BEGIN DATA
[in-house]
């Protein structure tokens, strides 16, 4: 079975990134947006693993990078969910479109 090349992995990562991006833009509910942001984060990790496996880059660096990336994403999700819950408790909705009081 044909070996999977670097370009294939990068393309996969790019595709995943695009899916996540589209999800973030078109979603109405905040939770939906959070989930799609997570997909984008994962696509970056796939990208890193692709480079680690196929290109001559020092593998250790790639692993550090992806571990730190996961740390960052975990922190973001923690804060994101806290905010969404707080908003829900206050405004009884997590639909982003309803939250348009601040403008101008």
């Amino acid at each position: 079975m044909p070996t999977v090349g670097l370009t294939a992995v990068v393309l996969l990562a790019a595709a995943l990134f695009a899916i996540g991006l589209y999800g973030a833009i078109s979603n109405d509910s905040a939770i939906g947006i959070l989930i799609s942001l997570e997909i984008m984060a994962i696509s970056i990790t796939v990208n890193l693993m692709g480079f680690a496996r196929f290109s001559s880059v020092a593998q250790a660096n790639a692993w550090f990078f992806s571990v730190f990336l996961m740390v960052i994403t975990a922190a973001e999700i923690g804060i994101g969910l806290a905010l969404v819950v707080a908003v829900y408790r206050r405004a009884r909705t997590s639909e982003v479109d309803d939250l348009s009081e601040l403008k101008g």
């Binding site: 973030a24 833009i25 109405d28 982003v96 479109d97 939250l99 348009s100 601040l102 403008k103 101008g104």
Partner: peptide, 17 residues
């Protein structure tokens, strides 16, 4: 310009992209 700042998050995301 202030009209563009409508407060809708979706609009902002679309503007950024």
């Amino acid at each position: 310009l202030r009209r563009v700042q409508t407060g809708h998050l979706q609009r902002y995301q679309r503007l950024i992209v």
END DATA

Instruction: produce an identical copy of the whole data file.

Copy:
[in-house]
């Protein structure tokens, strides 16, 4: 079975990134947006693993990078969910479109 090349992995990562991006833009509910942001984060990790496996880059660096990336994403999700819950408790909705009081 044909070996999977670097370009294939990068393309996969790019595709995943695009899916996540589209999800973030078109979603109405905040939770939906959070989930799609997570997909984008994962696509970056796939990208890193692709480079680690196929290109001559020092593998250790790639692993550090992806571990730190996961740390960052975990922190973001923690804060994101806290905010969404707080908003829900206050405004009884997590639909982003309803939250348009601040403008101008």
């Amino acid at each position: 079975m044909p070996t999977v090349g670097l370009t294939a992995v990068v393309l996969l990562a790019a595709a995943l990134f695009a899916i996540g991006l589209y999800g973030a833009i078109s979603n109405d509910s905040a939770i939906g947006i959070l989930i799609s942001l997570e997909i984008m984060a994962i696509s970056i990790t796939v990208n890193l693993m692709g480079f680690a496996r196929f290109s001559s880059v020092a593998q250790a660096n790639a692993w550090f990078f992806s571990v730190f990336l996961m740390v960052i994403t975990a922190a973001e999700i923690g804060i994101g969910l806290a905010l969404v819950v707080a908003v829900y408790r206050r405004a009884r909705t997590s639909e982003v479109d309803d939250l348009s009081e601040l403008k101008g």
């Binding site: 973030a24 833009i25 109405d28 982003v96 479109d97 939250l99 348009s100 601040l102 403008k103 101008g104």
Partner: peptide, 17 residues
């Protein structure tokens, strides 16, 4: 310009992209 700042998050995301 202030009209563009409508407060809708979706609009902002679309503007950024």
């Amino acid at each position: 310009l202030r009209r563009v700042q409508t407060g809708h998050l979706q609009r902002y995301q679309r503007l950024i992209v």